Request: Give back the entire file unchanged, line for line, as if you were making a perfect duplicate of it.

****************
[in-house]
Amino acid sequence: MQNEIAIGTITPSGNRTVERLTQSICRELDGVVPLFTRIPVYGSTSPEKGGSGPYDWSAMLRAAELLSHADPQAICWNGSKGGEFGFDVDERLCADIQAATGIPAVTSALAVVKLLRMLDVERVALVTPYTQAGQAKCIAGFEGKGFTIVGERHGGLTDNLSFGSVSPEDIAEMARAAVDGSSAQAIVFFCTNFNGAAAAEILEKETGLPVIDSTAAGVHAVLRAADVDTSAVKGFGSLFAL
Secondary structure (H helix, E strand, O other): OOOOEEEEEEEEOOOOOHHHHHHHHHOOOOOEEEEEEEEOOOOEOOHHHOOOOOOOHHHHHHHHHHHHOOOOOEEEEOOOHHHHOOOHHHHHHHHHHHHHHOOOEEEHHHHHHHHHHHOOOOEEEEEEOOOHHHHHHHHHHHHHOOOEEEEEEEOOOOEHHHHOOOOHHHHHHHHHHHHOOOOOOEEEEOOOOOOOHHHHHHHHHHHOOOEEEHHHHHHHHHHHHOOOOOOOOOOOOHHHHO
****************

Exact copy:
[in-house]
Amino acid sequence: MQNEIAIGTITPSGNRTVERLTQSICRELDGVVPLFTRIPVYGSTSPEKGGSGPYDWSAMLRAAELLSHADPQAICWNGSKGGEFGFDVDERLCADIQAATGIPAVTSALAVVKLLRMLDVERVALVTPYTQAGQAKCIAGFEGKGFTIVGERHGGLTDNLSFGSVSPEDIAEMARAAVDGSSAQAIVFFCTNFNGAAAAEILEKETGLPVIDSTAAGVHAVLRAADVDTSAVKGFGSLFAL
Secondary structure (H helix, E strand, O other): OOOOEEEEEEEEOOOOOHHHHHHHHHOOOOOEEEEEEEEOOOOEOOHHHOOOOOOOHHHHHHHHHHHHOOOOOEEEEOOOHHHHOOOHHHHHHHHHHHHHHOOOEEEHHHHHHHHHHHOOOOEEEEEEOOOHHHHHHHHHHHHHOOOEEEEEEEOOOOEHHHHOOOOHHHHHHHHHHHHOOOOOOEEEEOOOOOOOHHHHHHHHHHHOOOEEEHHHHHHHHHHHHOOOOOOOOOOOOHHHHO